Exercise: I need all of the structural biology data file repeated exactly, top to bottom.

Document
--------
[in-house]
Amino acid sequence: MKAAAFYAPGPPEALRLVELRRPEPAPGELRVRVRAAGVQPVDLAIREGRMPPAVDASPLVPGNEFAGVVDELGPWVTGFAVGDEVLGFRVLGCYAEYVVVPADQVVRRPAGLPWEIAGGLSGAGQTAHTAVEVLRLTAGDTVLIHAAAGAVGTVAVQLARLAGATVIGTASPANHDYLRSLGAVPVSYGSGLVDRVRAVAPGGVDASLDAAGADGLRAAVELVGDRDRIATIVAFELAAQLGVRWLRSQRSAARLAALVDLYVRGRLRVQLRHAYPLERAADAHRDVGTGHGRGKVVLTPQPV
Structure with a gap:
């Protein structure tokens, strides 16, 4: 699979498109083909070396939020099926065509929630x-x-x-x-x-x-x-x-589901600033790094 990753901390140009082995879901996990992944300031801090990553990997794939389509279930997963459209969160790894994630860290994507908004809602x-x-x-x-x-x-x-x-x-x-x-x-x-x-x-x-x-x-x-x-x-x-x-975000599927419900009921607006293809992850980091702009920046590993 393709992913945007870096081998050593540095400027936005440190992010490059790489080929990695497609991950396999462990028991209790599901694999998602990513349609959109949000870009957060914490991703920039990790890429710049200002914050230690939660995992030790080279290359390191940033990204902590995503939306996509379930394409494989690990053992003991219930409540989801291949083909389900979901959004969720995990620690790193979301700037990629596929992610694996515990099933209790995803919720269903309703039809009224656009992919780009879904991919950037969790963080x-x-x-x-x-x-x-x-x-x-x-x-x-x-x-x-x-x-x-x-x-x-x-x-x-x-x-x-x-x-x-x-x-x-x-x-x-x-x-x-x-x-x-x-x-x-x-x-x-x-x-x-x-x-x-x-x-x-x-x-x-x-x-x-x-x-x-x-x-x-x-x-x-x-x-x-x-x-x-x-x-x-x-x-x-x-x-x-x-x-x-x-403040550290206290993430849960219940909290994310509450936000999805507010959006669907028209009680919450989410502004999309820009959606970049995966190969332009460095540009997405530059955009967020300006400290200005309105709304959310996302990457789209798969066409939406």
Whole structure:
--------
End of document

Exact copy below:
[in-house]
Amino acid sequence: MKAAAFYAPGPPEALRLVELRRPEPAPGELRVRVRAAGVQPVDLAIREGRMPPAVDASPLVPGNEFAGVVDELGPWVTGFAVGDEVLGFRVLGCYAEYVVVPADQVVRRPAGLPWEIAGGLSGAGQTAHTAVEVLRLTAGDTVLIHAAAGAVGTVAVQLARLAGATVIGTASPANHDYLRSLGAVPVSYGSGLVDRVRAVAPGGVDASLDAAGADGLRAAVELVGDRDRIATIVAFELAAQLGVRWLRSQRSAARLAALVDLYVRGRLRVQLRHAYPLERAADAHRDVGTGHGRGKVVLTPQPV
Structure with a gap:
């Protein structure tokens, strides 16, 4: 699979498109083909070396939020099926065509929630x-x-x-x-x-x-x-x-589901600033790094 990753901390140009082995879901996990992944300031801090990553990997794939389509279930997963459209969160790894994630860290994507908004809602x-x-x-x-x-x-x-x-x-x-x-x-x-x-x-x-x-x-x-x-x-x-x-975000599927419900009921607006293809992850980091702009920046590993 393709992913945007870096081998050593540095400027936005440190992010490059790489080929990695497609991950396999462990028991209790599901694999998602990513349609959109949000870009957060914490991703920039990790890429710049200002914050230690939660995992030790080279290359390191940033990204902590995503939306996509379930394409494989690990053992003991219930409540989801291949083909389900979901959004969720995990620690790193979301700037990629596929992610694996515990099933209790995803919720269903309703039809009224656009992919780009879904991919950037969790963080x-x-x-x-x-x-x-x-x-x-x-x-x-x-x-x-x-x-x-x-x-x-x-x-x-x-x-x-x-x-x-x-x-x-x-x-x-x-x-x-x-x-x-x-x-x-x-x-x-x-x-x-x-x-x-x-x-x-x-x-x-x-x-x-x-x-x-x-x-x-x-x-x-x-x-x-x-x-x-x-x-x-x-x-x-x-x-x-x-x-x-x-403040550290206290993430849960219940909290994310509450936000999805507010959006669907028209009680919450989410502004999309820009959606970049995966190969332009460095540009997405530059955009967020300006400290200005309105709304959310996302990457789209798969066409939406």
Whole structure: